Considering these arguments, the maximum displacement implied by our data is that the shutter ridge did not protrude into channel Wi during Qa3b deposition (referred to as MAX1 and MAX2 displacements in Fig. 2C inset). In this case, the eastern end of the shutter ridge is restored to match the channel wall north of the Garlock fault, implying ∼43 m of displacement (MAX1, Fig. 2C). If we account for lateral erosion of the shutter ridge, this estimate may be as high as 50 m (MAX2, Fig. 2C).
Lateral erosion of the downstream riser in channel Ea is accounted for in both the minimum and maximum displacement scenarios (Fig. 2C). The absence of Qa3b material beneath the active wash along the eroded northeastern corner of the shutter ridge makes it seem likely that most erosion of the shutter ridge postdates deposition of Qa3b. Thus, we prefer scenarios that account for this additional 7 m of displacement (MAX2 and MIN2, Fig. 2C). Moreover, as argued above, we do not see strong evidence for diachroneity of the Qa3b surface in the topography, morphology of the surface, or soil characteristics, and therefore we prefer the maximum reconstruction of 43–50 m. Of course, we cannot rule out the possibility that lateral erosion of the shutter ridge exceeded 7 m, and it is possible that displacement subsequent to deposition of Qa3b may exceed 50 m. However, we note that apparent offset of the eastern Ea channel wall is ∼47 m (e.g., Helms et al., 2003), consistent with our preferred maximum restoration. Thus, we find it likely that the width of the shutter ridge represents most of the displacement that has accrued along the central Garlock fault since deposition of Qa3b.
To evaluate the age of the Qa3b surface, we employed two techniques; the relative degree of soil development and direct dating of the burial of fine-grained silt lenses within the deposit. The pronounced bar-and-swale depositional morphology of the Qa3b surface and weak development of soil and desert pavement (Table1) indicate that this is a relatively young deposit (e.g., Bull, 1991; Helms et al., 2003, McDonald et al., 2003). The relative degree of soil developed on the Qa3b deposit when compared to several independently dated soils in the southwest United States (Table 2) indicates the Qa3b deposit is late Holocene. The degree of soil development characterized on the Qa3b deposit (soils CLK-1, CLK-2; Table 2) is strongly similar to soils formed in several Late Holocene deposits developed in generally similar parent materials (i.e., alluvium derived from largely siliceous intrusive plutonic and metamorphic source rocks) and broadly under similar climatic conditions (i.e., arid climate with annual precipitation from ∼100–150 mm/yr). Although there are small differences in seasonality of precipitation between the MM soil and the other soils have formed in the Mojave Desert, we consider these to be minor influences (Table 2).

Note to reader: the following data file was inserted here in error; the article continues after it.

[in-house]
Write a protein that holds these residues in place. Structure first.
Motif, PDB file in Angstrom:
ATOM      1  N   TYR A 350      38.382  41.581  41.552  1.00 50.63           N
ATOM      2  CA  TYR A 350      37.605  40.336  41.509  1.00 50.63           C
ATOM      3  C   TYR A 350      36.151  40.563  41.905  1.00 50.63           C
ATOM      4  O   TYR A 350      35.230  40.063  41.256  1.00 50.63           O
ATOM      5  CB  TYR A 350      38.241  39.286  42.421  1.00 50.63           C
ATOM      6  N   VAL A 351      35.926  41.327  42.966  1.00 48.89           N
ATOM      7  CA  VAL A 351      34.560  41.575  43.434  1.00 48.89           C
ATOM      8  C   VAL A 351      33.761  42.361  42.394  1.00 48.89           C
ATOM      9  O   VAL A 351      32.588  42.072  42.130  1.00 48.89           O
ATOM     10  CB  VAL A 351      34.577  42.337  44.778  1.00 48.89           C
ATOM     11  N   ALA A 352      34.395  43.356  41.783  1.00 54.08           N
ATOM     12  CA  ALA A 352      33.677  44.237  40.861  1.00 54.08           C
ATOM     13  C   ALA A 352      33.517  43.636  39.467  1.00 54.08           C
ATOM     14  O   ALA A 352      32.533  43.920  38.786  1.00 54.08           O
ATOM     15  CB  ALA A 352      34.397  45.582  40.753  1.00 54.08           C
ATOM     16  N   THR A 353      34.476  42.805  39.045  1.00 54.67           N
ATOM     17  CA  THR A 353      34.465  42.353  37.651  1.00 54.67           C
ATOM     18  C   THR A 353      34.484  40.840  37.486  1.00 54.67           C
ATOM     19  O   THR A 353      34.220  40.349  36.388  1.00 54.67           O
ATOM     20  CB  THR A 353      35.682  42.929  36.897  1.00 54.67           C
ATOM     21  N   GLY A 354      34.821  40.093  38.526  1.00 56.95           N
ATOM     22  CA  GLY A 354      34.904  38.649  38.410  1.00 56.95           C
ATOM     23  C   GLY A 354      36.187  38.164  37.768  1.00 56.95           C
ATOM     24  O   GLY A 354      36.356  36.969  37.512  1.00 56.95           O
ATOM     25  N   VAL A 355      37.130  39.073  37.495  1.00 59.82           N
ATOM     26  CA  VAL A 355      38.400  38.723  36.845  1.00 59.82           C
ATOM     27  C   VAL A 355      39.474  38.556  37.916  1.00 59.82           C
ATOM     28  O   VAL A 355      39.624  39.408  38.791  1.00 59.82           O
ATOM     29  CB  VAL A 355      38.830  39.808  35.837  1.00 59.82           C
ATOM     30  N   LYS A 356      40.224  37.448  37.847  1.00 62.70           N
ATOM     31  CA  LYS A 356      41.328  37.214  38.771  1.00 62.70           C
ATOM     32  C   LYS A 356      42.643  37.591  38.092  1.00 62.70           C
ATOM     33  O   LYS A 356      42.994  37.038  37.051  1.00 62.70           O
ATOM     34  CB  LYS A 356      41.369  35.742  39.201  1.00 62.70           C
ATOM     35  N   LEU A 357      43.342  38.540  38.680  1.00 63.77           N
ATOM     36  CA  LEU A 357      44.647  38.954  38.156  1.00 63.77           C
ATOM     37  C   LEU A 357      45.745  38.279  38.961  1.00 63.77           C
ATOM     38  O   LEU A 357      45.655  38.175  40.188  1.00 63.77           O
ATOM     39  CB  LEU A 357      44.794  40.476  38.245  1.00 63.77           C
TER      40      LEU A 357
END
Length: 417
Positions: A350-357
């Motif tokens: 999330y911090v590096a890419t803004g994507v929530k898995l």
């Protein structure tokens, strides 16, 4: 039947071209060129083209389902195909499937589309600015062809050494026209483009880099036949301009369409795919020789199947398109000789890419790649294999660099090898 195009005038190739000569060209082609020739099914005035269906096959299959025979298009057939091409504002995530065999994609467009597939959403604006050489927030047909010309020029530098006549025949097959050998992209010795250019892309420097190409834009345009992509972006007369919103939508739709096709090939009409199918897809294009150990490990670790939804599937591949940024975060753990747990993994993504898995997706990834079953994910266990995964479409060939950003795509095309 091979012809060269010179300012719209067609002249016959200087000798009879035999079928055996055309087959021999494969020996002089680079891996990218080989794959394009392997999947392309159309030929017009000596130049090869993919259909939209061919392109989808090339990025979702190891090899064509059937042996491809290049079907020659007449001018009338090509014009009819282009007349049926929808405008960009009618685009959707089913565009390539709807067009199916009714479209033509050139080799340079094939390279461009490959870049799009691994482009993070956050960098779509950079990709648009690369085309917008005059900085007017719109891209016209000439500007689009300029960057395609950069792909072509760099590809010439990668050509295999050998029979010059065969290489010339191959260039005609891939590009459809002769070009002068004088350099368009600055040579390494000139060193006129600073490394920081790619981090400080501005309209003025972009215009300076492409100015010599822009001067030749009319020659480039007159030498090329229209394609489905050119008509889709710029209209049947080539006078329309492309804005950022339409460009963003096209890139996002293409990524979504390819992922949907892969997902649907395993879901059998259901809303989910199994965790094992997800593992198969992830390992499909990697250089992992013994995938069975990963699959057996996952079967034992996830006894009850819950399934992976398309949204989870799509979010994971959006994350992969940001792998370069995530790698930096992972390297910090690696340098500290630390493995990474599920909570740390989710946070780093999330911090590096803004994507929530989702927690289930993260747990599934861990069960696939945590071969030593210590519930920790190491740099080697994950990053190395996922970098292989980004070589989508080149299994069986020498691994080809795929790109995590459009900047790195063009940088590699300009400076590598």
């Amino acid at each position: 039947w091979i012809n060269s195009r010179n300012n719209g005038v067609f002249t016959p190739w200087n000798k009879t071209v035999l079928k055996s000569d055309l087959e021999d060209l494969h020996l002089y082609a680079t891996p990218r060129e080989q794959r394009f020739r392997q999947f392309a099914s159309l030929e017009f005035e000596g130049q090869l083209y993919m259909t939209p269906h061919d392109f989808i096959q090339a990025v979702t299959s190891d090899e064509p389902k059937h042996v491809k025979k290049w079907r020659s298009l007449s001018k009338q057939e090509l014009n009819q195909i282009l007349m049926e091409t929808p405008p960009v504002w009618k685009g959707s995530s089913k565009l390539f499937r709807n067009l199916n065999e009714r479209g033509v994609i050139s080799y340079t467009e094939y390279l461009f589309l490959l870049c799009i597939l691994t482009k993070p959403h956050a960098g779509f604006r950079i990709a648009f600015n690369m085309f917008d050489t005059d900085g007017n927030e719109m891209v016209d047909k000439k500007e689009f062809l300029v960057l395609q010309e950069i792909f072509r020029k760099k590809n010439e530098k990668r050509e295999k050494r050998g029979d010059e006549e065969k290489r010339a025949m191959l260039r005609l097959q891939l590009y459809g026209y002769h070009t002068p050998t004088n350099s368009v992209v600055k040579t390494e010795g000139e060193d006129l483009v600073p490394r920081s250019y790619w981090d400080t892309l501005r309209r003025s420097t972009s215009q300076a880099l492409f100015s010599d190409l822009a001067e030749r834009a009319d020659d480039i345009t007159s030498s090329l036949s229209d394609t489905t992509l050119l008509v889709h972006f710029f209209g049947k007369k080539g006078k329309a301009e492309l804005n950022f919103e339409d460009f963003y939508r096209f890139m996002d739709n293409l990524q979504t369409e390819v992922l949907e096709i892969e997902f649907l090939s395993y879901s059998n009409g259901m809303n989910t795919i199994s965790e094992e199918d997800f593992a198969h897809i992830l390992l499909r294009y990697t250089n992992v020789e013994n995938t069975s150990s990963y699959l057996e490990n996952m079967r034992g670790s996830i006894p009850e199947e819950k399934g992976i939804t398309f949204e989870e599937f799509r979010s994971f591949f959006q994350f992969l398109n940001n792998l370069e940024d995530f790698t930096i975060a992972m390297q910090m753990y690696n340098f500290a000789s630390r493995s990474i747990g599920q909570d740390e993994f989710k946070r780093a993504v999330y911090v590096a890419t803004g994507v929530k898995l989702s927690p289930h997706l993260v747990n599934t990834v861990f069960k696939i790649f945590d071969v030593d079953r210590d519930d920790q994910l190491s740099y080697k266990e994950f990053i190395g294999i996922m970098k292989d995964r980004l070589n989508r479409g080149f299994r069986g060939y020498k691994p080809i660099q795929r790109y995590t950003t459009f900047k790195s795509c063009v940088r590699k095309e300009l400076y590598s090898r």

Common characteristics of Late Holocene soils shown in Table 2 include a weak to moderately developed Av (vesicular) horizon, weakly developed Bwk (see Table 2 for nomenclature) or Bky horizons, and stage I carbonate morphology (e.g., Machette, 1985). The CLK-1, CLK-2, MM, PM Qf6, and SIL-1 soils that have formed on gravelly to cobbly alluvial deposits have weakly development desert pavements, whereas the CWG-2 soil that has formed on gravelly sand deposits does not have a pavement. By comparison, soils formed on alluvial deposits that are pre-late Holocene and older than ca. 8 ka (generally on early Holocene to Latest Pleistocene deposits) have moderately to strongly developed Av horizons, weakly to moderately developed Bwk, Btk, Bky and Bty horizons, and stage I-III carbonate morphology. Desert pavements are moderately to strongly developed on the PM Qf5 and CLK-3 soils that have formed in gravelly to cobbly alluvial deposits and do not exists on the CWG-1 soil that has formed in gravelly sand alluvium.